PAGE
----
For the second time in his 85-game career, Zion Williamson has not been on the court to open the New Orleans Pelicans‘ schedule due to injury, and again the absence is lasting longer than anyone anticipated. After missing the first three months and change of his rookie season with a torn meniscus, Williamson fractured his right foot this past summer and has yet to play this year.
There’s no way not to worry about Zion’s foot-and-knee injury history that dates back to high school, and his size, particularly given the force with which he plays, only heightens that concern. Williamson is listed at 284 pounds, the same weight he was listed at last season, but, per Bleacher Report’s Jake Fischer, he is believed to have reached north of 300 pounds as recent as the preseason.
This is not a body-shaming situation. This is a critical component of Williamson’s basketball equation, both near and long term, and the Pelicans, who reportedly tried to alter the way Williamson walked before he played his first NBA game in an effort to mitigate his injury risk, are obviously going to do everything in their power to keep him in the best shape possible. Per ESPN’s Brian Windhorst and Andrew Lopez, that includes changing their “culinary practices” — i.e. keeping the junk out of the cupboard.
The Pelicans have poured resources, time and energy to protect Williamson’s health. They have changed members of the staff and even changed some of their culinary practices in an attempt to support him. They have talked with him about protecting his body from extra hits.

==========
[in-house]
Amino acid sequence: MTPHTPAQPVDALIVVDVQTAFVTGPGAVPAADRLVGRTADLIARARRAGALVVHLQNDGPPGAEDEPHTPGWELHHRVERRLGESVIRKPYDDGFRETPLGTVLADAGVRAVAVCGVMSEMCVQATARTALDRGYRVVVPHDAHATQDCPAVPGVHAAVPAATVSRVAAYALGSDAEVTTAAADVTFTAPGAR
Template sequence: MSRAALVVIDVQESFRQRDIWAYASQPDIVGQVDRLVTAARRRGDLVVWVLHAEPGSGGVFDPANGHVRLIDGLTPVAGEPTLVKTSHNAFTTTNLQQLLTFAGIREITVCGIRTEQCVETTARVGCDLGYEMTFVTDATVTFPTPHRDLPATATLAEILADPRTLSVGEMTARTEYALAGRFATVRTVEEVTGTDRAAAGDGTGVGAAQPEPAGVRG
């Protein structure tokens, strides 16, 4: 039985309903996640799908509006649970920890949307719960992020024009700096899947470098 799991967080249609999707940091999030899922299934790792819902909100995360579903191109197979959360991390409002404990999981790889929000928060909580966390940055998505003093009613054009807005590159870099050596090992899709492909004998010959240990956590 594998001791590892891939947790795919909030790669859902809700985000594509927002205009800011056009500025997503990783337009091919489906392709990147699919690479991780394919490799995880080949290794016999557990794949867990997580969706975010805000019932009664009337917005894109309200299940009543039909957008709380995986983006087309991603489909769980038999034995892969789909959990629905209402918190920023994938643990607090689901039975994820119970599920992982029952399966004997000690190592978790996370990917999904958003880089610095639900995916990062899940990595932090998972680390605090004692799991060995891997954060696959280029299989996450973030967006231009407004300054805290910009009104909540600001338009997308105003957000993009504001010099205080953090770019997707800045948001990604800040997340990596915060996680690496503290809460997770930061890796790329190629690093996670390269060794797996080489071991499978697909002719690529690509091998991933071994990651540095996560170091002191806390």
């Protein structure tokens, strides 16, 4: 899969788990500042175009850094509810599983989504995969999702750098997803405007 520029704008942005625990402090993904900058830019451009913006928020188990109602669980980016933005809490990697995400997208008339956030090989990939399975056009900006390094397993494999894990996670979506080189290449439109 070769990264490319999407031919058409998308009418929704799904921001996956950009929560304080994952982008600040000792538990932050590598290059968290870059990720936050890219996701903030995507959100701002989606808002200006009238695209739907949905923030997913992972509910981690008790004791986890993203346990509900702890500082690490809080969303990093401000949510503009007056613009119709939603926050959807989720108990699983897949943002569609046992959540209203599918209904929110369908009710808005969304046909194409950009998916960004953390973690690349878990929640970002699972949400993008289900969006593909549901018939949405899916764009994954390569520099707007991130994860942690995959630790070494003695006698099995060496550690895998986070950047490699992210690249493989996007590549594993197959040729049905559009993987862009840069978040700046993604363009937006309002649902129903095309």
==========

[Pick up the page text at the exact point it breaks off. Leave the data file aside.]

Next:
There’s only so much the Pelicans can do. Zion is a grown man who is going to ultimately make his own decisions as it pertains to what and how much he eats.
Let’s be fair about this, he has been sidelined for months recovering from surgery. Conditioning is going to suffer for anyone who has spent more time on the couch than the basketball court.
Also, Zion’s combination of size and athleticism, the very pairing that perhaps makes him susceptible to recurring injuries, is what makes him dominant. It’s a fine line finding, and maintaining, the right balance between good and bad weight. Like Charles Barkley, this will likely be something Zion has to deal with his whole career. It’s just how he’s built. It’s up to him whether his size becomes a strength or weakness as his career progresses.